EN224: Linear Elasticity
Division of Engineering
1.2 Kinetics of Deformable Solids
We begin by reviewing general measures of force and balance laws.
To characterize internal forces in a solid, we define the Cauchy Stress tensor T such that:
One may define several other measures of stress, for example
First Piola-Kirchhoff stress (nominal stress) S:
Second Piola-Kirchhoff stress (material stress) :
It is straightforward to show that
Let v(x, t) denote the velocity field
Linear momentum balance for an arbitrary volume element requires
Angular momentum balance for an arbitrary volume element requires
Let L = denote the spatial gradient of the velocity field.
The rate of work done on a solid by external forces may be computed as
Remarks: The components of the Cauchy stress tensor are easily interpreted physically: they are the forces per unit area acting on internal planes of the deformed solid. The Piola-Kirchhoff stresses are less easy to interpret. The components of the first Piola-Kirchhoff stress are the forces acting on the deformed configuration, per unit undeformed area. They are thought of as acting on the undeformed solid . The second Piola-Kirchhoff stress has no obvious physical interpretation.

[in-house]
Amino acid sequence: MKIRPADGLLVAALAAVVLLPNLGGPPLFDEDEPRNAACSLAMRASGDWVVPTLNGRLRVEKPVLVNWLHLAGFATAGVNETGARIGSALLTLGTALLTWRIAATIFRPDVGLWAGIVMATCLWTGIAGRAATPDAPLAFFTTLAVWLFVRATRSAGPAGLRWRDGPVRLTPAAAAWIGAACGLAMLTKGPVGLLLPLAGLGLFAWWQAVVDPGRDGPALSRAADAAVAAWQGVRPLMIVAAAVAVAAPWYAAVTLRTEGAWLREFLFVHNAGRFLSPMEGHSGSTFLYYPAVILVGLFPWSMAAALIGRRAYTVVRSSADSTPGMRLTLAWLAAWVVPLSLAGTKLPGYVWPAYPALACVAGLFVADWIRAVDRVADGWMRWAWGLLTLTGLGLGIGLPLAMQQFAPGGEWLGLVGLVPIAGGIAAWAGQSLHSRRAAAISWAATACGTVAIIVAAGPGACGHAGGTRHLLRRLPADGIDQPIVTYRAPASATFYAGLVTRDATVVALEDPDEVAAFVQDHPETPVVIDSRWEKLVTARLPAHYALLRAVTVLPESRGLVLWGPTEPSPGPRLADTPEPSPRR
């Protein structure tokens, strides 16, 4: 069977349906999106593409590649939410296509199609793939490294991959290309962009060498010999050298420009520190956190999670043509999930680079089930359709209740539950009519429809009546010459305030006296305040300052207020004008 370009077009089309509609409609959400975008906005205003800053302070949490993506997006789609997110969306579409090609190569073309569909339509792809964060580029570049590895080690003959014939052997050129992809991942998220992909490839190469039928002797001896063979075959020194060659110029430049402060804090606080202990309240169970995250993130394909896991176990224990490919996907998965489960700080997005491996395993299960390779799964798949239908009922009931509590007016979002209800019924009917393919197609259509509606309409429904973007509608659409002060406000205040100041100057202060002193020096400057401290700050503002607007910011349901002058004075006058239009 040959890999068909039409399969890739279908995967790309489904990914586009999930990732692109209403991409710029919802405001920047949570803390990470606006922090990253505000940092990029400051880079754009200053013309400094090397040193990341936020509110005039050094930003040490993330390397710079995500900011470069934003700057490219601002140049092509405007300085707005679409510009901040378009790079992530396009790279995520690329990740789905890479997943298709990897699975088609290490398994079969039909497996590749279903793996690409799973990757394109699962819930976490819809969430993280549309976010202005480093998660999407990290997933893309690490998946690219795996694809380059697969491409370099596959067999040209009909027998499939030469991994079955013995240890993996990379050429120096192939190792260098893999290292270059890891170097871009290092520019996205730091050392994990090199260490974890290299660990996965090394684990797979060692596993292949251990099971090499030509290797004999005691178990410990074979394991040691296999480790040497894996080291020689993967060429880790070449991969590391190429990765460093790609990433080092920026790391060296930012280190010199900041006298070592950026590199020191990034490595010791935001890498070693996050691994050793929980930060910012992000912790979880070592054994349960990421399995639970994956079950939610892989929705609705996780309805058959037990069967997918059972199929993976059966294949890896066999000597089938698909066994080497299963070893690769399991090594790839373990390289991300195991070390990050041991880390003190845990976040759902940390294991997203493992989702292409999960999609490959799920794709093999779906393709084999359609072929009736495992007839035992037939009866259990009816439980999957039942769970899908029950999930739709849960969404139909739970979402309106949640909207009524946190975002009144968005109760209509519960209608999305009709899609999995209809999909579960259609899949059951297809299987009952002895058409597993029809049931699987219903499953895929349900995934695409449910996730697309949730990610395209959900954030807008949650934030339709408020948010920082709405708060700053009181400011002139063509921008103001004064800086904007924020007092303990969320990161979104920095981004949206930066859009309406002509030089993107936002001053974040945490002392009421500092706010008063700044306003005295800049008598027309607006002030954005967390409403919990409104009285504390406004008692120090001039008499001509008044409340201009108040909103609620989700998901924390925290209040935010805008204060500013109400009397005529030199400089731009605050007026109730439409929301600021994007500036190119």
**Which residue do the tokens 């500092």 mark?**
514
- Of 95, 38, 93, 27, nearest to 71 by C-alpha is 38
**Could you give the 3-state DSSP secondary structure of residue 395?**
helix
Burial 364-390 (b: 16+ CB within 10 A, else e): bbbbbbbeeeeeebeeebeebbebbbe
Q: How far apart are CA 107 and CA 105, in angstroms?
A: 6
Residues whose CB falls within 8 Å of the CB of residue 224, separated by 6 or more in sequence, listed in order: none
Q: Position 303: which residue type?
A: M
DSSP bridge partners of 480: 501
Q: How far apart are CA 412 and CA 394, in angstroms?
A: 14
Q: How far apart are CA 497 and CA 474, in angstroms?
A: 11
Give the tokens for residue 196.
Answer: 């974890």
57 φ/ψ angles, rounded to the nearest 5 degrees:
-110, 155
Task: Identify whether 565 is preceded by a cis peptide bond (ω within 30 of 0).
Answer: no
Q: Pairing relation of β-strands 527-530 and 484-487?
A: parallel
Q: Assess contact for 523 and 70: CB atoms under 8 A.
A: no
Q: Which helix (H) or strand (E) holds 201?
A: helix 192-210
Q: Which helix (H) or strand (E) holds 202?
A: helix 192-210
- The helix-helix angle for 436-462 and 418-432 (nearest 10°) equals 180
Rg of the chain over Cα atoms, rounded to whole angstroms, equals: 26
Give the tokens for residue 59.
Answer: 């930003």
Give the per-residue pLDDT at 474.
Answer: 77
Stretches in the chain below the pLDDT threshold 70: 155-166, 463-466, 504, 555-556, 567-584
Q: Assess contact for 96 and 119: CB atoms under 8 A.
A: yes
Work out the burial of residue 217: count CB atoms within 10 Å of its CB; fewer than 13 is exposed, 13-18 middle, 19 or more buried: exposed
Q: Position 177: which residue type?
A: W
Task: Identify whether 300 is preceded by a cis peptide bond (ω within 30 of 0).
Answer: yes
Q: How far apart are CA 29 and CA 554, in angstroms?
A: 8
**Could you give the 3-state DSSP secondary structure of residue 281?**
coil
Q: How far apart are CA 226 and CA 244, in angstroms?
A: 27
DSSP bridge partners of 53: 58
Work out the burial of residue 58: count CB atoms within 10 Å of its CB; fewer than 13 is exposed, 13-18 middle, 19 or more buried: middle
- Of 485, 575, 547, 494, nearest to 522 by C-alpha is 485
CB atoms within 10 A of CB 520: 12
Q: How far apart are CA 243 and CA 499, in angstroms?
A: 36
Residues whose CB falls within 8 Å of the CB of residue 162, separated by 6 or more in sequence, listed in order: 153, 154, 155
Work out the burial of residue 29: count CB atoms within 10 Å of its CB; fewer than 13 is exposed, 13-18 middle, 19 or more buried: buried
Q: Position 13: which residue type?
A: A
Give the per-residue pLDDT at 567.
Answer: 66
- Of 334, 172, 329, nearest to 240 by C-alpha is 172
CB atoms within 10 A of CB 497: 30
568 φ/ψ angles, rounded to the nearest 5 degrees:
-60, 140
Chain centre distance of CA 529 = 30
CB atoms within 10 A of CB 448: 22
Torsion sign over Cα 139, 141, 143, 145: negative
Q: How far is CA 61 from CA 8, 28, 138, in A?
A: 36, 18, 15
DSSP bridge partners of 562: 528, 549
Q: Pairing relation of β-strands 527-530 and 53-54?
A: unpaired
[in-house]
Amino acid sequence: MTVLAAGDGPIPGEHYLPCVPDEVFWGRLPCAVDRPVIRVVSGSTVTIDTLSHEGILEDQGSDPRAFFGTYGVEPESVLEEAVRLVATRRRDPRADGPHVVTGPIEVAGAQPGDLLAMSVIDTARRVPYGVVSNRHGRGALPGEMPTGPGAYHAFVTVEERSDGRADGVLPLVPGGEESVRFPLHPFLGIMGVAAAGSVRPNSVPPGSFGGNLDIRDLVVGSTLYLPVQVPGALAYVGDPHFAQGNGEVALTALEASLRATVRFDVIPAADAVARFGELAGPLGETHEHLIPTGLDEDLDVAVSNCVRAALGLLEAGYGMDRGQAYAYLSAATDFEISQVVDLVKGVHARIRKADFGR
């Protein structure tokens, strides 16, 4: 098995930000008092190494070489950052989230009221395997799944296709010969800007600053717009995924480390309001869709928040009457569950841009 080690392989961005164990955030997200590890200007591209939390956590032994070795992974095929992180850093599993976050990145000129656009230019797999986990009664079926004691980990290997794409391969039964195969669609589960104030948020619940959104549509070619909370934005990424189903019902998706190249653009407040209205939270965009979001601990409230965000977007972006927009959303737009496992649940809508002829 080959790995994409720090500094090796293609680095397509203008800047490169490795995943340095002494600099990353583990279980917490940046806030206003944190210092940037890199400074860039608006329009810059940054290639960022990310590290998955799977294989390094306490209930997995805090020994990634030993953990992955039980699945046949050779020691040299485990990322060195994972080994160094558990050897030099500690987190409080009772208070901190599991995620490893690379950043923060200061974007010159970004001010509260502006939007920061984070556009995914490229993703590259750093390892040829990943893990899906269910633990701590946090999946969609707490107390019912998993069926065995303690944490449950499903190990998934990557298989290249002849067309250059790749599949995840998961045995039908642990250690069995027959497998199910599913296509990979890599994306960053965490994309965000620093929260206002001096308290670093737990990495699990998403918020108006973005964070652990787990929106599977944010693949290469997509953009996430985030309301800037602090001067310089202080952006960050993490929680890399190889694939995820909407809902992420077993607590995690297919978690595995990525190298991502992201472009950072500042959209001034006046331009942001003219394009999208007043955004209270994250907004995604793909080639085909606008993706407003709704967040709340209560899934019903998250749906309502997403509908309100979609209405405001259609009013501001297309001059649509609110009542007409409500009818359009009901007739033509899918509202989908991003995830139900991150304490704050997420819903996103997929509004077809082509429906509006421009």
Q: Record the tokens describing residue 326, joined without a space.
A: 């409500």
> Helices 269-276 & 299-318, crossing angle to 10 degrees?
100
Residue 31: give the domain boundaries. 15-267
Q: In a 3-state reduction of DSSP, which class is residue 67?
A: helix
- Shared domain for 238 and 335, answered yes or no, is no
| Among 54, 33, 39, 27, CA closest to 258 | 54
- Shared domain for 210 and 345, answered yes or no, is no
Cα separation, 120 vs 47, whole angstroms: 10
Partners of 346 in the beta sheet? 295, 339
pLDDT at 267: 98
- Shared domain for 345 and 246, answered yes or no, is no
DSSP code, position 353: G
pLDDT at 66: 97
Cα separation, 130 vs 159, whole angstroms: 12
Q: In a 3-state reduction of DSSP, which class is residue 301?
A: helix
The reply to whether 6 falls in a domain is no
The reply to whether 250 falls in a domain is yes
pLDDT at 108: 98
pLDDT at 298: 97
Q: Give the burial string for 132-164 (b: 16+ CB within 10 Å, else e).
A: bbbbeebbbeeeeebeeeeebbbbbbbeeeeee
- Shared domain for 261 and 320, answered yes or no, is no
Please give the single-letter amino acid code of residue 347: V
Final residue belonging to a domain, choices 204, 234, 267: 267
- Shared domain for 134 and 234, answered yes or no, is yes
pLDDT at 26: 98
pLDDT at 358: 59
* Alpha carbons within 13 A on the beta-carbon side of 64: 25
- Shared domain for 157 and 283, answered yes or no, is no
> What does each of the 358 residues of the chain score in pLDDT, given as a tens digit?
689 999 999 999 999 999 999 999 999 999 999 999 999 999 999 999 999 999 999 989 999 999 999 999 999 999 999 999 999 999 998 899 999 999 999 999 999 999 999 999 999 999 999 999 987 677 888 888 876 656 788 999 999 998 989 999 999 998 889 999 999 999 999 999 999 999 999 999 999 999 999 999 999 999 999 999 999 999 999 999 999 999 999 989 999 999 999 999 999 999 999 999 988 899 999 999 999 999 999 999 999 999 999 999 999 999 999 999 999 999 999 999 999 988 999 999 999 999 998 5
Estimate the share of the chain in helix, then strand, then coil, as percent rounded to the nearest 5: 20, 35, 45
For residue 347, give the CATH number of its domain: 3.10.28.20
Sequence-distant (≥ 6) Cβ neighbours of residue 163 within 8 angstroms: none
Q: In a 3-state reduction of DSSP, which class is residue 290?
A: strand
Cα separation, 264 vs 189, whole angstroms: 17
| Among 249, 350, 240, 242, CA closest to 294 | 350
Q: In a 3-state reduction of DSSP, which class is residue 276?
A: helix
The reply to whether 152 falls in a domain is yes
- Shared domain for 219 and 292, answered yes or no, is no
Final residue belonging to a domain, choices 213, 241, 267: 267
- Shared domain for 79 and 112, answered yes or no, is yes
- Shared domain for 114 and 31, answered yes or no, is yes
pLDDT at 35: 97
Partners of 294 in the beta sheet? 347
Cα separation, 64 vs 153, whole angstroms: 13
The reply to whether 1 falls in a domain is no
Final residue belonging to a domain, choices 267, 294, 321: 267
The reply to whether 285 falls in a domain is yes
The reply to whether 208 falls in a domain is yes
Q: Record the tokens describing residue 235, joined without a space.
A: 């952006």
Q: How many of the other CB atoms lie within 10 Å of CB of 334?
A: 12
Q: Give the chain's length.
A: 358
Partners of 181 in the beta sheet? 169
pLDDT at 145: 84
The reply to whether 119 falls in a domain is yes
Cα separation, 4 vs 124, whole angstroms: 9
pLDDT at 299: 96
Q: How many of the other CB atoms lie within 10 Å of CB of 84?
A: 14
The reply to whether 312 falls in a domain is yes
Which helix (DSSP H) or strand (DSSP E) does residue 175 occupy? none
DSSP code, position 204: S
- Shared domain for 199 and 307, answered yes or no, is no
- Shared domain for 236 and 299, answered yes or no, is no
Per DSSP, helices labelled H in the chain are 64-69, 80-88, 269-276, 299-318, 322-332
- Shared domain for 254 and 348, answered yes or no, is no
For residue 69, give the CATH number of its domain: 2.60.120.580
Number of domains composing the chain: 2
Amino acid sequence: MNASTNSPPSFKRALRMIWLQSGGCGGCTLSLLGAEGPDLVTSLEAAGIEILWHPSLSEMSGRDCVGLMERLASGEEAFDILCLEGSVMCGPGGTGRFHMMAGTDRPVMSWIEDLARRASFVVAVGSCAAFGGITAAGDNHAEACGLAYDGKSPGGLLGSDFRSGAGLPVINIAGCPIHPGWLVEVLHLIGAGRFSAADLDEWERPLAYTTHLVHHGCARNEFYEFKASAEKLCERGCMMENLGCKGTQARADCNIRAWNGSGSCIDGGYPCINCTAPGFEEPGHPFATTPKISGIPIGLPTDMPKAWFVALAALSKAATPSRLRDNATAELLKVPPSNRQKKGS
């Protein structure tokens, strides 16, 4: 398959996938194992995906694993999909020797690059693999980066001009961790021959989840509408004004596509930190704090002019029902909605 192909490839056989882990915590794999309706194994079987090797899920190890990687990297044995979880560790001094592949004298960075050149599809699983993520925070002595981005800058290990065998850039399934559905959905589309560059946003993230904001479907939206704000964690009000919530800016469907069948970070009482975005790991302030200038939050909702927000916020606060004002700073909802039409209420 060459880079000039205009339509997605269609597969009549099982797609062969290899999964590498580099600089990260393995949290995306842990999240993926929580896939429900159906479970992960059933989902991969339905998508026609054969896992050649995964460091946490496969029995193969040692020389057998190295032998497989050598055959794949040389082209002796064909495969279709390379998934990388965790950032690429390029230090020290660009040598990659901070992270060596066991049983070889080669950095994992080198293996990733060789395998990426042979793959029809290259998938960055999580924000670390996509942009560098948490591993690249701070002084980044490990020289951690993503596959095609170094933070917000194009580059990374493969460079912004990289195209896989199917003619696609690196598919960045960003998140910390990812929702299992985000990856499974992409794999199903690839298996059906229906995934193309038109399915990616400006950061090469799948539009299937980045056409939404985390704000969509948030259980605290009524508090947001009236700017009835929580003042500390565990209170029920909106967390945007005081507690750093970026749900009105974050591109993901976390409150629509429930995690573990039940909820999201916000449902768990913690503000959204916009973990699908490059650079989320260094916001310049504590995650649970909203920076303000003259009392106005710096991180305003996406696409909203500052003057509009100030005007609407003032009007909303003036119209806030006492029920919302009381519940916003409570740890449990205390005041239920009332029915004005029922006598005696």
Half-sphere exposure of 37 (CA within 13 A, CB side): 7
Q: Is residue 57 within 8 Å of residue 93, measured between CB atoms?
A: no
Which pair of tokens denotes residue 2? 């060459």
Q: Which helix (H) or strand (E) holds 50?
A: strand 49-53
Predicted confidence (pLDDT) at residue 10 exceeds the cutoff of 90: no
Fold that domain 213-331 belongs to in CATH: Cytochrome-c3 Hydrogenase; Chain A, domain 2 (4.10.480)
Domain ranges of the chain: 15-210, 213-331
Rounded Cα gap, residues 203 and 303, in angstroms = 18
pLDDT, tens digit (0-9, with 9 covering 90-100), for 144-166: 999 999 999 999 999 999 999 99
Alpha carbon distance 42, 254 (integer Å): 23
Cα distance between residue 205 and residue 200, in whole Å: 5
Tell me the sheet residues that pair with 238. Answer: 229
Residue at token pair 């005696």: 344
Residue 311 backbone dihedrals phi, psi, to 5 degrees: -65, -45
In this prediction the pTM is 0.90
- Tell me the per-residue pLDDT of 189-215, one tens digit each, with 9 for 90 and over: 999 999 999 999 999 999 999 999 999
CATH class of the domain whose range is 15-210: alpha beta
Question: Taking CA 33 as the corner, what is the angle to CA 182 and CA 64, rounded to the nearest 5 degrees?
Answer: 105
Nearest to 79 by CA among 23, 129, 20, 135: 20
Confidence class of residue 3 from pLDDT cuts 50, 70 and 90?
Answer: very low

So why do we need to introduce these strange measures of stress? They are perhaps best thought of as generalized forces, in the sense of Lagrangean mechanics. We can choose any set of generalized coordinates we wish in order to characterize the deformation of the solid. Once we choose a set of generalized coordinates, a set of generalized forces follows naturally as the work-conjugate to these coordinates. Evidently, if we choose F as our deformation measure, the appropriate generalized force is the first Piola-Kirchhoff stress S. Alternatively, if we choose E, then we should use as our force system.
Kinetics for Infinitesimal Motions
We now proceed to linearize the general stress measures and balance laws by assuming infinitesimal motions. Assume
We will use to denote stress in linear elasticity.